The sole question in the case relates to the effect of certain orders which were drawn by Mrs. Ludwig on the funds in Sullivan's hands before the time when the liens of Foley attached, though not paid until after that time. The facts bearing upon this question are that on the 24th day of June, 1890, Mrs. Ludwig drew on Mr. Sullivan, in favor of a firm of lumber dealers, an order for the payment of $468.50, to be charged against the avails of the loan of the Monroe Avenue Association; and on the 23d day of August another order in favor of the defendant Foley himself for $537, payable out of the fund arising from the loan of the Park Avenue Association. She also drew an order in favor of a firm known as Vogel & Binder, for $275, which was in general terms, and not payable out of any particular fund. Sullivan paid all three of these orders at dates varying from May to August, 1891. The referee classed the Vogel & Binder order with the other two, and gave to it the same effect in determining the amount of Sullivan's lien. The county judge, on the other hand, distinguished it from the others by the fact that it was not drawn against a particular fund. The question need not be discussed here, because to exclude the third order still leaves the amount paid by Sullivan in excess both of the surplus moneys upon which he asserts a lien and of the two mortgages upon which his lien is based. Upon these facts we concur with the learned county court in the con. clusion that the defendant Sullivan was entitled to a lien in preference to that of the defendant Foley to the full extent of the two mortgages held by the former. The ground of this conclusion, as already foreshadowed, is that each of the two orders first men. tioned, being drawn upon a particular fund named therein, had the effect of an assignment pro tanto of that fund, and bound it in the hands of the drawee from the date of the presentation or notice of such assignment, (Brill v. Tuttle, 81 N. Y. 454; Lauer v. Dunn, 52 Hun, 191, 5 N. Y. Supp. 161; Id., 115 N. Y. 405, 22 N. E. Rep. 270;) that such was the case whether the fund was in the hands of the drawee at the time of notice of the order or came into his hands thereafter; that in either case the drawee became primarily liable to the payee for the amount of the order as in the case of acceptance; that it is immaterial at what time the order was actually paid, and that the drawee is entitled to maintain his lien by virtue of any security he holds therefor from the date when the indebtedness thus becomes his own. These propositions seem to result necessarily from the doctrine of the cases cited, and they lead to an affirmance of the order appealed from. Order of the county court of Monroe county in each case appealed from affirmed, with costs. All concur.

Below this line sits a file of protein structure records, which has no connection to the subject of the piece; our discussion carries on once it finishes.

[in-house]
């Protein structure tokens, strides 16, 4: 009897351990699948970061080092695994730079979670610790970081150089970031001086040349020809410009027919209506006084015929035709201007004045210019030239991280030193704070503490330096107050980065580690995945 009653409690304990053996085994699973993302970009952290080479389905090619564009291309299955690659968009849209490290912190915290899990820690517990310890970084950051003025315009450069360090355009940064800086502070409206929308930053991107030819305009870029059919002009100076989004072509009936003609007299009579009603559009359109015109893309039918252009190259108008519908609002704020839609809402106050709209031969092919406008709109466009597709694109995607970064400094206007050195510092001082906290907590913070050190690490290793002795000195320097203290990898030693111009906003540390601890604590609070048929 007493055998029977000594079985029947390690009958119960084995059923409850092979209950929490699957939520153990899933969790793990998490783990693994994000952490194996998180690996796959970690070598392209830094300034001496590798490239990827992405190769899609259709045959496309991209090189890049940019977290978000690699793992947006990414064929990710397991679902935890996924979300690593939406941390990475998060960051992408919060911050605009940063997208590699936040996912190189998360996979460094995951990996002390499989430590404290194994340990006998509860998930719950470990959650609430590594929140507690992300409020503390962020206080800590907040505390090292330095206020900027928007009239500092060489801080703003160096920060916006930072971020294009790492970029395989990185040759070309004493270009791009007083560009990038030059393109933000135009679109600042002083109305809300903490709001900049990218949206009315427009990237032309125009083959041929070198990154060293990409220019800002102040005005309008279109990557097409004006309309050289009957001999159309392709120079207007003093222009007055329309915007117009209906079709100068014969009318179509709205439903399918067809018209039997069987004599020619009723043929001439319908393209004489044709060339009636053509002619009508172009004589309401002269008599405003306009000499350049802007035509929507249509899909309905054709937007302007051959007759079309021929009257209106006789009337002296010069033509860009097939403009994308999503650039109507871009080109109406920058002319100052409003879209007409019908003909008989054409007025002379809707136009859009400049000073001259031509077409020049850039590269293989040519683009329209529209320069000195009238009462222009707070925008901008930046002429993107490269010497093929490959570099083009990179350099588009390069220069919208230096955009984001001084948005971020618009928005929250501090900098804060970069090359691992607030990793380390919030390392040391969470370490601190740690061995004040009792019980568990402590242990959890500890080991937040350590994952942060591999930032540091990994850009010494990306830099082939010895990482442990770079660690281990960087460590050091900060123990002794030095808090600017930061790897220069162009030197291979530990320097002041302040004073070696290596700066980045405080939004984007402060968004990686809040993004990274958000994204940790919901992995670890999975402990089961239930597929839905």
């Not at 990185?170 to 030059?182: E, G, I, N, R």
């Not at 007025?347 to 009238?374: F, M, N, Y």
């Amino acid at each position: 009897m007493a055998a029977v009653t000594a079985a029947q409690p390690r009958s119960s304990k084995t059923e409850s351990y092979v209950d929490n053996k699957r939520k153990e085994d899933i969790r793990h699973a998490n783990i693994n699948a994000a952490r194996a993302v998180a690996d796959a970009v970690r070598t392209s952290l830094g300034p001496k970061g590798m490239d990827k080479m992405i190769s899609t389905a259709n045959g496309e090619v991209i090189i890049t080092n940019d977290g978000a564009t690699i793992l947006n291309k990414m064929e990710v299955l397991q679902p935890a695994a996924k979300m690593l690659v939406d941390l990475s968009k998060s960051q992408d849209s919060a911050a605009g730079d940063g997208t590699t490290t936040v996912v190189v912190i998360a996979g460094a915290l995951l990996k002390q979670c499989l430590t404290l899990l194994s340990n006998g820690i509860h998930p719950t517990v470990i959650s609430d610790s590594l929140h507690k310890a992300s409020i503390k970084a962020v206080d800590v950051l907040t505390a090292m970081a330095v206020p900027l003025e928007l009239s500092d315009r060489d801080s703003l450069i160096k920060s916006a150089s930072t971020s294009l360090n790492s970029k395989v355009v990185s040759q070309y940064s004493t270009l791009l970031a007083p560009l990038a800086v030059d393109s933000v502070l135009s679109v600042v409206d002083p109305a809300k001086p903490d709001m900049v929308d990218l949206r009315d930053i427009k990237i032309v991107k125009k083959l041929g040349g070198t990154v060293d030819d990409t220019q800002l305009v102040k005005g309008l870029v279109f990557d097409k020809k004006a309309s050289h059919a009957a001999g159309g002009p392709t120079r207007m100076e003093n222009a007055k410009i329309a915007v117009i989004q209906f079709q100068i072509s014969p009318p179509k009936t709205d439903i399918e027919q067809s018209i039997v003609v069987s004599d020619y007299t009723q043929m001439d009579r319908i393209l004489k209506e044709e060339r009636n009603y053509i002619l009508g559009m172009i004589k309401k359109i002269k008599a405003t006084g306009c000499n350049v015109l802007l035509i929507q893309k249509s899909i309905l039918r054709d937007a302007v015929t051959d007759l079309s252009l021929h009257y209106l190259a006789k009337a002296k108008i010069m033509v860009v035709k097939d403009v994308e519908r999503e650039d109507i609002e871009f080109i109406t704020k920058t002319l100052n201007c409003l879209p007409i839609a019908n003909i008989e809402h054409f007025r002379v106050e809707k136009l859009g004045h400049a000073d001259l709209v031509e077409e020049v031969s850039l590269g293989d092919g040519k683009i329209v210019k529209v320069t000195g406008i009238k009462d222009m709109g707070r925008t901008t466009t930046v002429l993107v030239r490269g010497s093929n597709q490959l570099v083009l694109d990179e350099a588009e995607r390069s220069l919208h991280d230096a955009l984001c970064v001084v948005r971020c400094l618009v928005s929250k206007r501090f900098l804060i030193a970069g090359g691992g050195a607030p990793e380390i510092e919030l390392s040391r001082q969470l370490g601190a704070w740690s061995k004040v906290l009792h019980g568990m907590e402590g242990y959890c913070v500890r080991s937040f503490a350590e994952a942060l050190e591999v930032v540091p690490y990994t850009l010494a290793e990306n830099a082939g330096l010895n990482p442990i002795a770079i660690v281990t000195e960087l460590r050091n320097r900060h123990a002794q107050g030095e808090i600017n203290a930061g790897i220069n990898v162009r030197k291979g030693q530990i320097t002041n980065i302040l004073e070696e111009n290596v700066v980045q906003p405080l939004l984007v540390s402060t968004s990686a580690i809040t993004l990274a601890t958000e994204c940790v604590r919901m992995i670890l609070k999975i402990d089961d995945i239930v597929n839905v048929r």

SHUTE V. JONES. (Supreme Court, Special Term, Rensselaer County. July 27, 1893.) NEW TRIAL-CUMULATIVE EVIDENCE.

Newly-discovered evidence that defendant's wagon had a broken shaft on the day after plaintiff claimed he was run into by defendant, and that defendant admitted that he ran into plaintiff, would be but cumulative to plaintiff's direct testimony that defendant ran into him. Action by Luther Shute against Frederick W. Jones for damages from a collision on a highway. Judgment for defendant. Plain tiff moves for a new trial on newly-discovered evidence. Denied.

Andrews & Longley, for plaintiff.
J. Rider Cady, for defendant.

FURSMAN, J. This is a motion for a new trial on the ground of newly-discovered evidence. The rules governing such applications are very well settled, and are clearly and accurately stated in Roberts v. Bank, (Sup.) 14 N. Y. Supp. 432, where it is said: